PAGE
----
Youth Advocacy & Therapy Tips

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WCSAP Webpage
March, 2013

Trauma can profoundly affect children's development. In an article highlighted on the website Zero to Three (National Center for Infants, Toddlers, and Families), Dr. Theodore Gaensbauer discusses the "Developmental and Therapeutic Aspects of Treating Infants and Toddlers Who Have Witnessed Violence." Dr. Gaensbauer's framework for understanding how trauma affects children has even wider significance, applying to older children and to those affected…

Topics
Child Sexual Abuse
Part 2
WCSAP Webpage
February, 2016

Talking about sexual coercion is part of an advocate’s job, but these conversations do not tend to open up naturally with teens. Many teens will need an advocate who is confident and comfortable creating a space for them to talk openly about their experiences of healthy and unhealthy sex. Educating young people about emergency contraception (EC) is one great way to open these conversations, keep teens safer, and prevent unintended pregnancies. Below are some tips to help every advocate talk…

Topics
Child Sexual Abuse, IPSV, CSA Prevention
Part 1
WCSAP Webpage
February, 2016

Many young people feel being pressured into having sex or participating in a sexual act before one feels entirely ready is a normal part of growing up; this is especially true if they have received little to no healthy relationship and sex education. However, we know this is a form of sexual violence and advocates working with youth have a unique opportunity to debunk this myth. Every person has complete control over their body and choice with whom and when they decide to hug, kiss, have sex…

Topics
Child Sexual Abuse, IPSV, CSA Prevention
WCSAP Webpage
January, 2013

When youth in one study were asked if they knew "where to find resources for GLBT youth experiencing dating violence," only 10% identified domestic violence or sexual assault services (Freedner et al., 2002). Many sexual assault programs struggle to reduce barriers for teens to access their services; in the case of LGBTQ (lesbian, gay, bisexual, transgender, and queer/questioning) youth, the barriers may be even more substantial. It's important to note that the term "teen dating violence,"…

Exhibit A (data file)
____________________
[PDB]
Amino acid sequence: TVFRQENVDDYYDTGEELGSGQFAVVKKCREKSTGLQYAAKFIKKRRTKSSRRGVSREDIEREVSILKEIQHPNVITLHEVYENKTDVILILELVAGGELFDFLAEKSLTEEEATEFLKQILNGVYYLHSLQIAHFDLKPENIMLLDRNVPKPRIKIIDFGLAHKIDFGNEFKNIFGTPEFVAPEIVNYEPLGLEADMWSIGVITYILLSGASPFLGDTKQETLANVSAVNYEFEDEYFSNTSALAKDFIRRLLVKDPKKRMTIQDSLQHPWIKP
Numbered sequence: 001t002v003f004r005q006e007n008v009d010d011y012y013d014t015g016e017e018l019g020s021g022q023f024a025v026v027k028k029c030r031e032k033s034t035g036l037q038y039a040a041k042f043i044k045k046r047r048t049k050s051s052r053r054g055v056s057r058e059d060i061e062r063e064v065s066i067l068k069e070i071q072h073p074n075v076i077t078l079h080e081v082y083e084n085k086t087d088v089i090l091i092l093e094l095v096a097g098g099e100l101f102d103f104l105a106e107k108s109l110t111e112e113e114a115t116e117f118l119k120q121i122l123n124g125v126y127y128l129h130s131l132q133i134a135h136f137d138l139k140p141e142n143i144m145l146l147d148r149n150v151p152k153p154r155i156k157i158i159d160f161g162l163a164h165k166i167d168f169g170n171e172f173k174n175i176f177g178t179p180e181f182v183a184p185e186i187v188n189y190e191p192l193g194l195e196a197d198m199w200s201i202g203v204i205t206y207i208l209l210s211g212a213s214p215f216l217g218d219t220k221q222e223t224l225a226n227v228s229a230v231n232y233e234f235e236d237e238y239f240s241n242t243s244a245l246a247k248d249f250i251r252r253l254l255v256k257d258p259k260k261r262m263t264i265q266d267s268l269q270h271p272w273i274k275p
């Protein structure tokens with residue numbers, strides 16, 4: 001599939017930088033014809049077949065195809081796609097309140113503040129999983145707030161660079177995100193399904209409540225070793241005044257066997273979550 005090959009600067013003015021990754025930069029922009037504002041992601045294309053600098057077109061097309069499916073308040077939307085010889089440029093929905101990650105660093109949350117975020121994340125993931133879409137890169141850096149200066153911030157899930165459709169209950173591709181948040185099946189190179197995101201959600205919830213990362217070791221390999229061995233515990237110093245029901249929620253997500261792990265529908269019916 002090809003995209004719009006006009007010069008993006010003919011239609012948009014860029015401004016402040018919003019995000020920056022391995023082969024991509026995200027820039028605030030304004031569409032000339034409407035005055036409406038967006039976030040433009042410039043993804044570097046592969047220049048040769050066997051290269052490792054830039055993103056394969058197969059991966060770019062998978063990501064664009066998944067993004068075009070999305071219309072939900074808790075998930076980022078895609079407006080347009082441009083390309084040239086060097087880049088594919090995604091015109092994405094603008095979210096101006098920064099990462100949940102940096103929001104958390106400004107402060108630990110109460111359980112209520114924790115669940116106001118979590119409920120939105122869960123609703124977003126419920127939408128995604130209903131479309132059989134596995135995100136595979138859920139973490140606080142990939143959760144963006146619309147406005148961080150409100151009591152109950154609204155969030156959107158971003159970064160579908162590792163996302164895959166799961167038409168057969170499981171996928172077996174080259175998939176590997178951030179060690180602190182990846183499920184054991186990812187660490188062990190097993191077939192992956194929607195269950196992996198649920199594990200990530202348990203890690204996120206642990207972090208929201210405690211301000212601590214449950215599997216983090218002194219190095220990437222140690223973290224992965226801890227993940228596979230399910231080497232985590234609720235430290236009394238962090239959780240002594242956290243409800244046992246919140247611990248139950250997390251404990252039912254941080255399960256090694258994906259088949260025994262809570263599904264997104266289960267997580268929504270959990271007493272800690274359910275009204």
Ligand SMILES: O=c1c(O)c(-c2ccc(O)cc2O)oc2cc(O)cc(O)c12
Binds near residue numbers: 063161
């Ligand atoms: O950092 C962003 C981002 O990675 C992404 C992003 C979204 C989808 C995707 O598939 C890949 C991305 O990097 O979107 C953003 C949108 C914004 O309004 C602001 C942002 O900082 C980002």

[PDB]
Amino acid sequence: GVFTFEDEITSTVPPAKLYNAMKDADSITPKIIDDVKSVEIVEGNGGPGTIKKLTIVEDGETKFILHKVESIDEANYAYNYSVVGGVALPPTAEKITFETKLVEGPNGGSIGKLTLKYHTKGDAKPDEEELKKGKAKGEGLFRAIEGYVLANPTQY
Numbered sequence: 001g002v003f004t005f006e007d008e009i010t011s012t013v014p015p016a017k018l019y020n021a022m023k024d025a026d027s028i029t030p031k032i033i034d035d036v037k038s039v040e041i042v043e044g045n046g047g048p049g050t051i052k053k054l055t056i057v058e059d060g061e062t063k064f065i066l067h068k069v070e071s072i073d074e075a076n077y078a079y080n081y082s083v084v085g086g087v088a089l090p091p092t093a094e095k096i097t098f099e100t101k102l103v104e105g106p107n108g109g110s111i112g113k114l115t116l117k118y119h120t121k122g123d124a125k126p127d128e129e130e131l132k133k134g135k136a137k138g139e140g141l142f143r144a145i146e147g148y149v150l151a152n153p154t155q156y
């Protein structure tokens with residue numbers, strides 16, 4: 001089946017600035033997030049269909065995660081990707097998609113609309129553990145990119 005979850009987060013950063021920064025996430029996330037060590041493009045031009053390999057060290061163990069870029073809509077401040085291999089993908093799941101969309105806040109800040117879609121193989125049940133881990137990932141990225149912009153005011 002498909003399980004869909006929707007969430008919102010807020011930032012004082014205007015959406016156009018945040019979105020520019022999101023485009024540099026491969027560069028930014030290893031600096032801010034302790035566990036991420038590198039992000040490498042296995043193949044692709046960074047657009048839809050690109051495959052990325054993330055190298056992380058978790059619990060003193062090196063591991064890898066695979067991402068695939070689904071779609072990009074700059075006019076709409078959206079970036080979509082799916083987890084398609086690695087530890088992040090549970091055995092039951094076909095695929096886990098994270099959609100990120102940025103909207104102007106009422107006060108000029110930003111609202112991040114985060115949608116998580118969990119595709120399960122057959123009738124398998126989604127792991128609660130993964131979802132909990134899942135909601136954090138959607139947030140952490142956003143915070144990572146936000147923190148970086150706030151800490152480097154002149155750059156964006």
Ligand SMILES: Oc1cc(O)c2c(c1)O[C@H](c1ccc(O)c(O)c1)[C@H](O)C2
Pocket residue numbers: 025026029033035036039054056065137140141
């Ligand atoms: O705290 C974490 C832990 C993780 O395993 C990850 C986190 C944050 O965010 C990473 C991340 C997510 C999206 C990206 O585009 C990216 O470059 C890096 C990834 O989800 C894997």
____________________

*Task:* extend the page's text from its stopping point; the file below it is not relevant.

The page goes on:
Topics
Child Sexual Abuse, LGBTQ
With Steven Universe
WCSAP Webpage
April, 2017

In our work with sexual assault survivors and in the community, we know it can be helpful to explore the topic of boundaries. This tip provides a fun and engaging way to start conversations about boundaries with young people.

Steven Universe is a cartoon that is loved by children, teens, and adults alike. The cartoon follows a young boy named Steven and his unconventional family of alien “crystal gems.” This TV show explores many different values-oriented topics which can be useful…

Topics
CSA Prevention
With Steven Universe
WCSAP Webpage
May, 2017

In our work with sexual assault survivors and in the community, it can be helpful to explore the topic of mindfulness. This tip provides a fun and engaging way to start conversations about mindfulness with young people.

Mindfulness is defined by Merriam-Webster Dictionary as “the practice of maintaining a nonjudgmental state of heightened or complete awareness of one's thoughts, emotions, or experiences on a moment-to-moment basis.” Regularly practicing mindfulness helps us to better…

Topics
CSA Prevention, Therapy
WCSAP Webpage
March, 2014

In our child sexual abuse intervention and prevention work, we often engage with adults and caregivers who play a significant role in raising and supporting children but who may not be their biological parents. Sometimes referred to as kinship caregivers or relative parents, these adults are vital to the healing, safety, and well-being of children who are temporarily or permanently separated from their parents.

We know that when we support caregivers, we are also supporting children…

Topics
Parents & Caregivers
Talking to Youth About Sexual Expression
WCSAP Webpage
August, 2017

Sex and sexuality are important and integral parts of most young people’s lives, and survivors of sexual abuse and assault are no exception. In fact, survivors may find it more necessary to explore their sexual identity and more complex to navigate engaging in sexual activity. This may be due to real, projected, or feared impacts of sexual assault on aspects of sexuality, including sexual identity, sexual relationships, and sexual experiences. As advocates, it’s crucial we provide space for…

Topics
Child Sexual Abuse, LGBTQ
Fight or Flight, Then Freeze
WCSAP Webpage
October, 2016

Often in advocacy we are asked by survivors “why didn’t I fight? Why am I not a fighter?” This information can be useful to share with survivors and help them be able to think more kindly about their body/brain’s reaction to the violence they experienced.

The Amygdala's Role in Stress Response

The brain’s job is to take care of the body. The brain is divided into four key areas: the neocortex/cerebrum, the cerebellum, the limbic system, and the brainstem. Each area focuses…

Topics
Advocacy, Child Sexual Abuse
Of Serving Minor Survivors
WCSAP Webpage
May, 2013

We know that children and teens experience some of the highest rates of sexual violence in our communities. Unfortunately, we also know that due to their minor status they often face additional barriers in accessing the services they need to heal emotionally and physically. As advocates with these young survivors, we want to make sure that our agencies and advocacy practices reduce these barriers rather than create them. Additionally, we want to ensure that young people feel safe when they…

Topics
Child Sexual Abuse

1979 — 2019

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